Geography Professor Studies Hurricane-Climate Change Link
by Kathleen Haughney, FSU News
Climate change may be the driving force behind fewer, yet more powerful hurricanes and tropical storms, says a Florida State geography professor.
In a paper published today by Nature Climate Change, Professor Jim Elsner and his former graduate student Namyoung Kang found that rising ocean temperatures are having an effect on how many tropical storms and hurricanes develop each year.
“We’re seeing fewer hurricanes, but the ones we do see are more intense,” Elsner said. “When one comes, all hell can break loose.”
Prior to this research, there had been some discussions among scientists about how warmer ocean temperatures affected the intensity of a hurricane. Elsner and Kang wanted to further explore that concept as well as the number of storms that occurred each year.
Hurricanes can form when ocean waters are 79 degrees Fahrenheit or more. As the warm water evaporates, it provides the energy a storm needs to become a hurricane. Higher temperatures mean higher levels of energy, which would ultimately affect wind speed.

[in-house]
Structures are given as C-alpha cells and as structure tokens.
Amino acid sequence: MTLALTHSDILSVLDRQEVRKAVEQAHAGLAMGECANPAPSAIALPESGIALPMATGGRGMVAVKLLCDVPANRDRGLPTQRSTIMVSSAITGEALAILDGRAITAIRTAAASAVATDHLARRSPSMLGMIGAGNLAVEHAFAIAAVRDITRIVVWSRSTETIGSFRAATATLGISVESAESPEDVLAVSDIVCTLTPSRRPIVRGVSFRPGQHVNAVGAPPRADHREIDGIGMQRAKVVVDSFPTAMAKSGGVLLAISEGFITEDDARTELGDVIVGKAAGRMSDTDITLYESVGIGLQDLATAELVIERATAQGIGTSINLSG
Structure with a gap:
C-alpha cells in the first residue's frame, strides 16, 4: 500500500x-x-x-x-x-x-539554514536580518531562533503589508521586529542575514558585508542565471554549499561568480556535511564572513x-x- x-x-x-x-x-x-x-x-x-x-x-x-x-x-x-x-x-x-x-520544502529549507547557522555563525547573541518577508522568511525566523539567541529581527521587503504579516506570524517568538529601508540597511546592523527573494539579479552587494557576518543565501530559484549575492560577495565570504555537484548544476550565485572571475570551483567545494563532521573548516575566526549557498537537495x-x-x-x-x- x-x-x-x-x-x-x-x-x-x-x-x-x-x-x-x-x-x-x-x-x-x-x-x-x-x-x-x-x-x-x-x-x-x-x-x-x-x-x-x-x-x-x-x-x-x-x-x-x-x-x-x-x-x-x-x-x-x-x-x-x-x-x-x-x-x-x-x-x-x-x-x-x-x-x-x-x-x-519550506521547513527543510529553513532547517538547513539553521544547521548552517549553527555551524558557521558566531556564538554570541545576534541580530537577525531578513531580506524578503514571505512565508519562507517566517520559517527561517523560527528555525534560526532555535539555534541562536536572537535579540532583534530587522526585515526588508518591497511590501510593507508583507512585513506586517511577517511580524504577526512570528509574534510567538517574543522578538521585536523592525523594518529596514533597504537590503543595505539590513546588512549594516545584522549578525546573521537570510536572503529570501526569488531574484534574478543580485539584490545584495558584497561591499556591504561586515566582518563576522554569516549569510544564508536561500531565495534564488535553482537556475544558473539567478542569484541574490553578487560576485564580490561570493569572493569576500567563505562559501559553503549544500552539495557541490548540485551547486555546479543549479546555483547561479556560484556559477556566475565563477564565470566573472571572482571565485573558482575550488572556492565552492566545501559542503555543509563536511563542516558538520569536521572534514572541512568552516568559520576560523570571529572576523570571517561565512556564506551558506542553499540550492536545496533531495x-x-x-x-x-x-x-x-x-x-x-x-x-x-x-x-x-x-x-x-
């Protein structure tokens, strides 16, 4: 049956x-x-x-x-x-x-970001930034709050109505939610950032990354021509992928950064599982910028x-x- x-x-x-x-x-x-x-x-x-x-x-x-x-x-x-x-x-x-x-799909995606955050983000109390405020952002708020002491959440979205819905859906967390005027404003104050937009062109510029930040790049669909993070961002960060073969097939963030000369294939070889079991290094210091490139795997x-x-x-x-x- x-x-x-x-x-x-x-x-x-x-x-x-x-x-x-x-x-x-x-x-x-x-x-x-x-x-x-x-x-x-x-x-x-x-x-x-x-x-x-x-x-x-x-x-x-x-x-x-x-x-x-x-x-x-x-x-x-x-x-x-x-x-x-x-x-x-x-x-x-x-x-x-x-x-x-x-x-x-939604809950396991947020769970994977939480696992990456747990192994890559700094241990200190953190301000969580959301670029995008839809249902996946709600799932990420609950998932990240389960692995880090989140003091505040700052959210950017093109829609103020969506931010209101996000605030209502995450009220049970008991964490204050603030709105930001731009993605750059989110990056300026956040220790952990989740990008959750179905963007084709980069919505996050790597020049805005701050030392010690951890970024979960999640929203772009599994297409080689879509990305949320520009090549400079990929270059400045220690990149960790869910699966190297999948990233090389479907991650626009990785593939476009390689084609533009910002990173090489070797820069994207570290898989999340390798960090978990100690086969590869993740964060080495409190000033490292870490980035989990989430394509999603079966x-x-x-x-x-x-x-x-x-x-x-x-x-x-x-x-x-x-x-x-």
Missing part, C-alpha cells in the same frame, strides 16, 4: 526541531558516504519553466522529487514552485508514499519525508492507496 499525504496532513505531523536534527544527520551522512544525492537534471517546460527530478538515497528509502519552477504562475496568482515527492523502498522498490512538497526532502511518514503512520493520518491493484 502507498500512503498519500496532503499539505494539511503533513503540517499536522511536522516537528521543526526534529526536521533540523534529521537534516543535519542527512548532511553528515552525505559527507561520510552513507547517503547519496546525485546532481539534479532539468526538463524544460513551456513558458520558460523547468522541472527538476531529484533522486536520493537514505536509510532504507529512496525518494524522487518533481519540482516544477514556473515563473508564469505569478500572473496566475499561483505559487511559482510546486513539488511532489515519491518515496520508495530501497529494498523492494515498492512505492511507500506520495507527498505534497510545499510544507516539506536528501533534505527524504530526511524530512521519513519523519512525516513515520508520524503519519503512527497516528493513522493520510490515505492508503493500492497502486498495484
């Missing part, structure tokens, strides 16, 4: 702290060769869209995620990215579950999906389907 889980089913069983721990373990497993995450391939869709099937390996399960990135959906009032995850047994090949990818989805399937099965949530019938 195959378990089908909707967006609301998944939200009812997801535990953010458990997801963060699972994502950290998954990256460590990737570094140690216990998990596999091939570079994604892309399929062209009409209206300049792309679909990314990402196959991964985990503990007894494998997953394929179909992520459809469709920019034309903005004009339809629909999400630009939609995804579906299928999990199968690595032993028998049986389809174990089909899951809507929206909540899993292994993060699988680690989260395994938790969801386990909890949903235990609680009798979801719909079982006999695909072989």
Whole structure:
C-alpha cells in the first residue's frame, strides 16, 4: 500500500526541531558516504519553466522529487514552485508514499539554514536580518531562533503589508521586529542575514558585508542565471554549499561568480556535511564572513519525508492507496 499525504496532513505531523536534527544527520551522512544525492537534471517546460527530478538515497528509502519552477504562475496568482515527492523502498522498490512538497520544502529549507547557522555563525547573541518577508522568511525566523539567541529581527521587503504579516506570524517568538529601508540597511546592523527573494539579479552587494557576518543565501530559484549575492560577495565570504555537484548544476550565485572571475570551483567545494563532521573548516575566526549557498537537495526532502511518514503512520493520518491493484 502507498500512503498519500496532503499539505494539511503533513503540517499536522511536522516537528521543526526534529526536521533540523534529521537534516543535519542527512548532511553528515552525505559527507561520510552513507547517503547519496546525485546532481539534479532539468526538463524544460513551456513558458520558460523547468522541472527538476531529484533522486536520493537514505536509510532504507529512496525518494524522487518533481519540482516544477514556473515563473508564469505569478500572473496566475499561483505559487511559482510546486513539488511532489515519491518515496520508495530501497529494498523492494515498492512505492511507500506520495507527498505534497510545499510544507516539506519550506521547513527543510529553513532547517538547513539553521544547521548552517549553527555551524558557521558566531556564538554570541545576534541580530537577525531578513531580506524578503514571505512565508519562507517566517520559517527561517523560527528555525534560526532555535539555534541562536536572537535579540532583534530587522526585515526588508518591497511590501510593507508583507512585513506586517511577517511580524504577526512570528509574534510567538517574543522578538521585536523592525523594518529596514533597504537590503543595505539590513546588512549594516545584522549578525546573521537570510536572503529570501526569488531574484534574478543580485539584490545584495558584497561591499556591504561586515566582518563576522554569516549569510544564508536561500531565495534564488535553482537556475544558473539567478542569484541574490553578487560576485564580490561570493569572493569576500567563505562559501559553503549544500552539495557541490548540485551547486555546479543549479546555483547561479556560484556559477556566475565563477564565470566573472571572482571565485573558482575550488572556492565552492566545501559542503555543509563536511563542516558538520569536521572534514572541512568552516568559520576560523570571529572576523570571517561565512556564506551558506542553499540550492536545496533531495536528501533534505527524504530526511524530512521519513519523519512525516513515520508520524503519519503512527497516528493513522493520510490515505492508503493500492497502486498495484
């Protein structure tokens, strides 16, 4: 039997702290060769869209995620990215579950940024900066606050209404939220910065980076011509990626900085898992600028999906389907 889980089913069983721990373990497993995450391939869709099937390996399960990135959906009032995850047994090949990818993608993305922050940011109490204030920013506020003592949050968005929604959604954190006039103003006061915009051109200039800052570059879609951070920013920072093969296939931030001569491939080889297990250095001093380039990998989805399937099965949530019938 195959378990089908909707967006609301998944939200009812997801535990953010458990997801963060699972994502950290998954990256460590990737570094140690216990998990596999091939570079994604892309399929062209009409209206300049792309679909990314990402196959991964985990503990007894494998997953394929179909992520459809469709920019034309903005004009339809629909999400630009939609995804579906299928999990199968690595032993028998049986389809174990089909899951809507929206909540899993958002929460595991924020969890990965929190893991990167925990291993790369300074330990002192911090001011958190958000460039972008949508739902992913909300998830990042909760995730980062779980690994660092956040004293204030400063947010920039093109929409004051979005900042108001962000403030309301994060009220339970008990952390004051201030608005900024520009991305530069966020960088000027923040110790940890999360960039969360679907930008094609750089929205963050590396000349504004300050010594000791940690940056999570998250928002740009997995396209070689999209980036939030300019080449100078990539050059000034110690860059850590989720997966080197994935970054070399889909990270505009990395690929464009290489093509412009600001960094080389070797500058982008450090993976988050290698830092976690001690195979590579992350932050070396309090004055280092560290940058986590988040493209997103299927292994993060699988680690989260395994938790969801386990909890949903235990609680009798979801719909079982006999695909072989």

Specifically, Elsner and Kang projected that over the past 30 years, storm speeds have increased on average by 1.3 meters per second — or 3 miles per hour — and there were 6.1 fewer storms than there would have been if land and water temperatures had remained constant.
“It’s basically a tradeoff between frequency and intensity,” Elsner said.
According to the National Oceanic and Atmospheric Administration, the Earth is roughly 1.53 degrees Fahrenheit warmer than it was last century.
Elsner and Kang said the yearly temperatures can also be a good indicator of what’s yet to come in a given storm season.
“In a warmer year, stronger but fewer tropical cyclones are likely to occur,” said Kang, now deputy director of the National Typhoon Center in South Korea. “In a colder year, on the other hand, weaker but more tropical cyclones.”
For the 2015 Atlantic storm season, which begins June 1, the Weather Channel has projected a total of nine named storms, five hurricanes and one major hurricane. The 30-year average is 12 named storms, six hurricanes and three major hurricanes.
The Geophysical Fluid Dynamics Institute at Florida State supported this research.